People v. Gilpin

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[Crim. No. 3290. Second Appellate District. March 14, 1940.]

THE PEOPLE, Respondent, v. THOMAS E. GILPIN et al., Defendants; AMIL S. WELLER, Appellant.

COUNSEL

R. H. Smith and P. V. Davis for Appellant.

Earl Warren, Attorney-General, and L. G. Campbell, Deputy Attorney-General, for Respondent.

OPINION

McComb, J.

From a judgment of guilty of robbery in the first degree after trial before the court without a jury appellant appeals.

Viewing the evidence most favorable to the people, the essential facts are:

February 21, 1939, the complaining witness while in his liquor store at 3415 West Eighth Street, Los Angeles, was robbed of $35 by appellant and another masked man.

Appellant relies for reversal of the judgment upon these propositions:

First: There was no proof of the corpus delicti.

Second: There was no substantial evidence to show appellant's participation in the crime.

Third: The trial court committed prejudicial error in instructing a codefendant, when called to the witness stand by appellant, of his constitutional right to refuse to testify on the ground that it might tend to incriminate him.

[1] The first proposition is without merit. The complaining witness, Harry Kaplin, testified that on the night of February 21, 1939, at about midnight, two masked men entered his store, located at 3415 West Eighth Street, Los Angeles, and while one pointed a gun at him the other went to the cash register in the store and took $35 from it, after which both men left.

Robbery is the felonious taking of personal property in the possession of another from his person or immediate presence and against his will, accomplished by means of force or fear, and when done by a person armed with a deadly weapon is robbery in the first degree. (Secs. 211 and 211a, Pen. Code.) We fail to see wherein there could be clearer evidence of the corpus delicti of the crime of robbery in the first degree than in the instant case.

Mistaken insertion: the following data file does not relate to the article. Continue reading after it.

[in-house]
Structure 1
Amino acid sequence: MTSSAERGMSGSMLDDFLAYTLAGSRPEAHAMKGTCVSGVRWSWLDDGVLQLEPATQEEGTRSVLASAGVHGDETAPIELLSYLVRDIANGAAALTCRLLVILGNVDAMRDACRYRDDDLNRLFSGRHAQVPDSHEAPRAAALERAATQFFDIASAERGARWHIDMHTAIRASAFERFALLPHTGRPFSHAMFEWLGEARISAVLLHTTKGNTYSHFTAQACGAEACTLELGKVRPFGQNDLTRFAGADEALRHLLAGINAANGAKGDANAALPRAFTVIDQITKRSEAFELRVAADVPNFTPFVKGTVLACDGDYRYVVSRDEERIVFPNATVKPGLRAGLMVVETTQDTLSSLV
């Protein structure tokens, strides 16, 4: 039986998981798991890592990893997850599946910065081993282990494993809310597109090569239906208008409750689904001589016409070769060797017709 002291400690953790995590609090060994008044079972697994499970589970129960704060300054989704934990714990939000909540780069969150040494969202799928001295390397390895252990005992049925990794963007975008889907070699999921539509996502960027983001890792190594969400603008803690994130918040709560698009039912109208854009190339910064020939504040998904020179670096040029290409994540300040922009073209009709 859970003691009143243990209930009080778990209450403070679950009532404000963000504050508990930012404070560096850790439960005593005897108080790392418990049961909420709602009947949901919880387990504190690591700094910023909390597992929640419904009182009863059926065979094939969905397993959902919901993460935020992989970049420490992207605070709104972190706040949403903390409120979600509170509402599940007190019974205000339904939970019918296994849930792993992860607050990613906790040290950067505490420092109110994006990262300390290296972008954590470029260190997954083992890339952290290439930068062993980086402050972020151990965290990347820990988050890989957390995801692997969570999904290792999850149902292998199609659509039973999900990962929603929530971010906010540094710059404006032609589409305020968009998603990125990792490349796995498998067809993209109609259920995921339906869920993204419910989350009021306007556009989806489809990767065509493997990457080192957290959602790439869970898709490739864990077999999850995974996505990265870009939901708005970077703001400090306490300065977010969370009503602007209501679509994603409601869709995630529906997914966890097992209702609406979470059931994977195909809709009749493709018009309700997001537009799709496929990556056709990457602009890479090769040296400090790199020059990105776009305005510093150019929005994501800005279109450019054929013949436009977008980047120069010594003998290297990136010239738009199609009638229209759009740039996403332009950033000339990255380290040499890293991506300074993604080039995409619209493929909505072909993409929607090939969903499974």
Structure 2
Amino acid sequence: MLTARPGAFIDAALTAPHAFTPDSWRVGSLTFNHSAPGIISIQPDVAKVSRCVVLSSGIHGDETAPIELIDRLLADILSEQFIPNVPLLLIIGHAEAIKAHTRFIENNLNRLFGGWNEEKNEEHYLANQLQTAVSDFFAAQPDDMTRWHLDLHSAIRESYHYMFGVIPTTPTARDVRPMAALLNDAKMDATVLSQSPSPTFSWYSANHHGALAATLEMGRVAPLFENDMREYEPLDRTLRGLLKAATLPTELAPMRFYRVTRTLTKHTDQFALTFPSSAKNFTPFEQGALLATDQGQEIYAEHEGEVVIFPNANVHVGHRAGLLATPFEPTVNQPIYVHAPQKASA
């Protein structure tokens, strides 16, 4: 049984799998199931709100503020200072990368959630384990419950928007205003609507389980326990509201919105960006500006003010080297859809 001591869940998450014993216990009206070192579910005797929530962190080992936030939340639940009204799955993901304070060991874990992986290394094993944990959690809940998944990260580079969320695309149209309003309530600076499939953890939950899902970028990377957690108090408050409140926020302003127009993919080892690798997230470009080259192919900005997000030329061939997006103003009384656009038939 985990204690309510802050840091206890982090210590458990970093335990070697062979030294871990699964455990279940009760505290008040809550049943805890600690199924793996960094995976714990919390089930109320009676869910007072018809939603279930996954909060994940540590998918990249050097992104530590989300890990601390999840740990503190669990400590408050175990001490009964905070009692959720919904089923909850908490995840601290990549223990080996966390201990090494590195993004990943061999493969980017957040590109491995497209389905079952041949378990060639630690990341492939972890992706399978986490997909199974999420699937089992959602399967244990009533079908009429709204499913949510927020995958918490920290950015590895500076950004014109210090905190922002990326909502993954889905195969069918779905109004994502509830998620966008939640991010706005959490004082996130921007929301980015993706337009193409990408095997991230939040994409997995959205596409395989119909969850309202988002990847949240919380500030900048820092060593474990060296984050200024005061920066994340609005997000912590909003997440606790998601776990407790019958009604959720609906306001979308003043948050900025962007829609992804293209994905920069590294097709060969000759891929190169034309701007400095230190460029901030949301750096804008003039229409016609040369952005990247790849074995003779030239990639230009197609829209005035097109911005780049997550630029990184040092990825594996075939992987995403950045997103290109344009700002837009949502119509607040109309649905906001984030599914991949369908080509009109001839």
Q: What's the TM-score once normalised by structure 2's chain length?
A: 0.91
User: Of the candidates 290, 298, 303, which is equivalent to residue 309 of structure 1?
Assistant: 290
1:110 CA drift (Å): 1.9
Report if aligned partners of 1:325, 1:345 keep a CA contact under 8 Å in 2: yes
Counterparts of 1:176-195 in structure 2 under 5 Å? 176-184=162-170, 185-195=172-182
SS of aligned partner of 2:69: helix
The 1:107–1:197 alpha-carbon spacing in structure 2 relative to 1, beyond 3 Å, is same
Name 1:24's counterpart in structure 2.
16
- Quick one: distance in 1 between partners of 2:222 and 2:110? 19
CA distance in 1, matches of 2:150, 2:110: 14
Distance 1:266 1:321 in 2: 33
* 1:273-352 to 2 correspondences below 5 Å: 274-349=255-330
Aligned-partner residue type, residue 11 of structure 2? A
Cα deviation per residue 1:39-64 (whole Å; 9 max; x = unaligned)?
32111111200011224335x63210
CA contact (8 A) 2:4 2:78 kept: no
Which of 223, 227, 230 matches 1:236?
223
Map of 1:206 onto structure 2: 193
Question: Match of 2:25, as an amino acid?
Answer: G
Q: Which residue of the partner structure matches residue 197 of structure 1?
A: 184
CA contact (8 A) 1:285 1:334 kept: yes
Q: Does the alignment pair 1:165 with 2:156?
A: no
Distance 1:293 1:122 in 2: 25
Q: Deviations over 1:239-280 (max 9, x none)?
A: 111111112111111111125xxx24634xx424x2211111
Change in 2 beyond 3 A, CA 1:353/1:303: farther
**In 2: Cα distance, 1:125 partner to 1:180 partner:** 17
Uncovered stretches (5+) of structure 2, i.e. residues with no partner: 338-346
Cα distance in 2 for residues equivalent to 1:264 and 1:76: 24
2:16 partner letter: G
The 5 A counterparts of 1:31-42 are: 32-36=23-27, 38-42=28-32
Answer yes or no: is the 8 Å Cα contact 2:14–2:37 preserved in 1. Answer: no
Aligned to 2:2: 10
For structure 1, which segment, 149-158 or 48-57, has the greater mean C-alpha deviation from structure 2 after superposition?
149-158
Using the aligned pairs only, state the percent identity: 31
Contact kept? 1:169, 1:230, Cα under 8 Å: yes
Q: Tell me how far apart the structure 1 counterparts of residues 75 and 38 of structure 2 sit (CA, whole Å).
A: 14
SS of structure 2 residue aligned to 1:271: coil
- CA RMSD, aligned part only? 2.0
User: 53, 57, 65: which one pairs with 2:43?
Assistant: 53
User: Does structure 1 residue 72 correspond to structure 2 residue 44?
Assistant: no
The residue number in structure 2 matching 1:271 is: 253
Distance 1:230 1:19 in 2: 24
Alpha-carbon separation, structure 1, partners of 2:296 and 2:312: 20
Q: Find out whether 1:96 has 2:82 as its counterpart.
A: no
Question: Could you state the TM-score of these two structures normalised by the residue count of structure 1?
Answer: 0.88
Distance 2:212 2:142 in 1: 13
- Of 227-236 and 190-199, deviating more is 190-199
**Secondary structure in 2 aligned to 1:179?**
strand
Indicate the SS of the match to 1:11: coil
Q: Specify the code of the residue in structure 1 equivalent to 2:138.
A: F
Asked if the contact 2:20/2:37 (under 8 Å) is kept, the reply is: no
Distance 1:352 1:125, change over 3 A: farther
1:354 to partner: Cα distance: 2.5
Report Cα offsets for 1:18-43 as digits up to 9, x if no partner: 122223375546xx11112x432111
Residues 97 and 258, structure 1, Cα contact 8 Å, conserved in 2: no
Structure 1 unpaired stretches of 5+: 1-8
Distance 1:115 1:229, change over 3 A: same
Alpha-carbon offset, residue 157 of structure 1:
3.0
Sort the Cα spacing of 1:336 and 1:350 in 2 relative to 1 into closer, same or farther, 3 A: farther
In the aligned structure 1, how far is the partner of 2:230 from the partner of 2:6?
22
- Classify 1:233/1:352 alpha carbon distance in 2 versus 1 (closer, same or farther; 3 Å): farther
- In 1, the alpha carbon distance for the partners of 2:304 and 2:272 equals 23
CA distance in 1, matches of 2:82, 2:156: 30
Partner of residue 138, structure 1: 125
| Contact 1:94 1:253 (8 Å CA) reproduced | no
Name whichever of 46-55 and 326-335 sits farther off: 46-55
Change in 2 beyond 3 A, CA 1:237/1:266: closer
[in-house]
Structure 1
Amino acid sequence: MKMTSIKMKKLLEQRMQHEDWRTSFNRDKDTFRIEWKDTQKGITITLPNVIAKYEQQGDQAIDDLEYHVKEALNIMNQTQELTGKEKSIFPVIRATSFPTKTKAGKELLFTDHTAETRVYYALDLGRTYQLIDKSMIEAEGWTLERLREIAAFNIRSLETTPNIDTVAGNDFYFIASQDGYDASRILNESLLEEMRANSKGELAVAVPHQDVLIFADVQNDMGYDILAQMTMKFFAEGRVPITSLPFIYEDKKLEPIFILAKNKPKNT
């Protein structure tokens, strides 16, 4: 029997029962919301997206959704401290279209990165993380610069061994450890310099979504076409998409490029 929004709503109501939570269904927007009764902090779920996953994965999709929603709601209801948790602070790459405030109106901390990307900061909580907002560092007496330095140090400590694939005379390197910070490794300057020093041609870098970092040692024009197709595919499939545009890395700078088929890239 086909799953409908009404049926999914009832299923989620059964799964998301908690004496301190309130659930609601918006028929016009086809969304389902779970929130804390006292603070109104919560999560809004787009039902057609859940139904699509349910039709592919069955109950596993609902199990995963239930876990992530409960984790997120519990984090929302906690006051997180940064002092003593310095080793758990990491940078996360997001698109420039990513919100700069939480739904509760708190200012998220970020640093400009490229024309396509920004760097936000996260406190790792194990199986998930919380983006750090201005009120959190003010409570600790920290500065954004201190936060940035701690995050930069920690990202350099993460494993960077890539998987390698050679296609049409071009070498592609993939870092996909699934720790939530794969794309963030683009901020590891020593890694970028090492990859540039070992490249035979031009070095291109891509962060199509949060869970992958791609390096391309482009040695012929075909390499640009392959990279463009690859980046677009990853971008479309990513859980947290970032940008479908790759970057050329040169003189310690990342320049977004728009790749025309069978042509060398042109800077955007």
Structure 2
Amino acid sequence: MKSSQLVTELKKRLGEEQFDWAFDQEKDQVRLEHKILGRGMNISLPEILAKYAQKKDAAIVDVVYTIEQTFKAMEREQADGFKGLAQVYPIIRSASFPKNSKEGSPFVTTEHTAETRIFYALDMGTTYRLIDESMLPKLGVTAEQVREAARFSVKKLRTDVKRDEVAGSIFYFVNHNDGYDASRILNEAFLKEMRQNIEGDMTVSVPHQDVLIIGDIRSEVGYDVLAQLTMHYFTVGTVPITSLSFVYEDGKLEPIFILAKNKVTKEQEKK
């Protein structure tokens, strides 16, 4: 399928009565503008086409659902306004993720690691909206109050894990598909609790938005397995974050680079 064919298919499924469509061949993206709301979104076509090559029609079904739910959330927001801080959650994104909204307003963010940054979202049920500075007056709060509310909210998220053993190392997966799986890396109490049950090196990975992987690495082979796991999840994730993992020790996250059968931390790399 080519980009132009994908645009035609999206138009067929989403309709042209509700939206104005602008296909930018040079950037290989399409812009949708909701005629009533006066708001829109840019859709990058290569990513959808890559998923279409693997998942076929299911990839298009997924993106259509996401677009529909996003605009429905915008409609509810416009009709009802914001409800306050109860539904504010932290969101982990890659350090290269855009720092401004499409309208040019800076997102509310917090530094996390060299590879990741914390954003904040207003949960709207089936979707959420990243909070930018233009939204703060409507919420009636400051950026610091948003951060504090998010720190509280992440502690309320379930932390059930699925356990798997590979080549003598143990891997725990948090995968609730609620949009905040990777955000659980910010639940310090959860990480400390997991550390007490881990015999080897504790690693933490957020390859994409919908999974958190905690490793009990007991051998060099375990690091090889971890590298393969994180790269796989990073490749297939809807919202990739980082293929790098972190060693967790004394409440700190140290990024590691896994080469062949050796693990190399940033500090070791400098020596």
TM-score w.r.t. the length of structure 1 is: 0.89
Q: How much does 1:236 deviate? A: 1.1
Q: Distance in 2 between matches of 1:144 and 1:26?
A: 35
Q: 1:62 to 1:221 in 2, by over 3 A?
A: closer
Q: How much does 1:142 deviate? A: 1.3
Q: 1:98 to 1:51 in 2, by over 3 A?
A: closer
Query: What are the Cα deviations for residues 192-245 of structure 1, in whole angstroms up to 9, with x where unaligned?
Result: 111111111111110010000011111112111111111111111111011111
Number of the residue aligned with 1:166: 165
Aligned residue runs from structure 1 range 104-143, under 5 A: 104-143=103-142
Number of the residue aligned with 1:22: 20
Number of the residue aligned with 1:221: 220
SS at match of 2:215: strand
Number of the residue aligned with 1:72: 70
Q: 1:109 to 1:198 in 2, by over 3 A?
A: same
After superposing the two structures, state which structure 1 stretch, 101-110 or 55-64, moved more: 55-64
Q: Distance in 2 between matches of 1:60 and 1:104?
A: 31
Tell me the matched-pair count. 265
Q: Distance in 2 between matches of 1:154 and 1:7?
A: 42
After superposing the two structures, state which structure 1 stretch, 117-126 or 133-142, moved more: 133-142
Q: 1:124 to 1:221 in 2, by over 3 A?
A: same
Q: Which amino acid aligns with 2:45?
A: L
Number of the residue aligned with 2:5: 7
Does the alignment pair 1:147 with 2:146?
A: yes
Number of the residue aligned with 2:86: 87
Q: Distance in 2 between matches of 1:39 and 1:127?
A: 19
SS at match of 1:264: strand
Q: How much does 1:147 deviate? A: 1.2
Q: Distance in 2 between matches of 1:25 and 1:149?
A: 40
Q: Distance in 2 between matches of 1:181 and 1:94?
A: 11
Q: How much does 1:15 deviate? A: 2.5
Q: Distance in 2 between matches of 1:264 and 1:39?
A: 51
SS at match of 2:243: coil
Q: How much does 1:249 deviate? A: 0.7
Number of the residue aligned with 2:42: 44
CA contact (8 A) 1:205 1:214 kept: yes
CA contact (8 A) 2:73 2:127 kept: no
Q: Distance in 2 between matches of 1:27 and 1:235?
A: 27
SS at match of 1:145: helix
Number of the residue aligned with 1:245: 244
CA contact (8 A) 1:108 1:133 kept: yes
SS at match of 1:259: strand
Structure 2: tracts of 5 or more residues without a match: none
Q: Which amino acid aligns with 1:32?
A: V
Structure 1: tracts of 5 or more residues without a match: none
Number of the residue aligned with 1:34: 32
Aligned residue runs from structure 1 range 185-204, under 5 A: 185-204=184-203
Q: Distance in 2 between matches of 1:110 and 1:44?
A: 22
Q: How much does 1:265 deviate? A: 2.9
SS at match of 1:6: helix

[2] The second proposition is likewise devoid of merit. Police Officer Tetrick testified that appellant freely and voluntarily, without hope of immunity or promise of reward, [38 Cal. App. 2d 26] confessed to him that he and his codefendant Gilpin had robbed a liquor store. Officer Tetrick took appellant in an automobile and drove out West Eighth Street in the city of Los Angeles. Appellant picked out the complaining witness' store as the one which they had robbed. This evidence clearly identified appellant as a participant in the crime.

[3] The third proposition is also untenable. At the time of the trial appellant's codefendant was called to the witness stand and the trial judge explained to him in detail that any testimony which he gave might be used to convict him of the charges which were then pending against him, and advised said defendant of his constitutional rights to refrain from giving testimony that might tend to incriminate him. The trial judge's statement is a recitation of the constitutional guaranty afforded by the Constitution of the State of California, and certainly error may not be predicated upon the trial judge's advising a defendant of his rights.

[4] The unsworn statement of Thomas E. Gilpin, which was not received in the trial court and appears for the first time in appellant's opening brief, cannot be considered by us for any purpose.

For the foregoing reasons the judgment is affirmed

Moore, P. J., and Wood, J., concurred.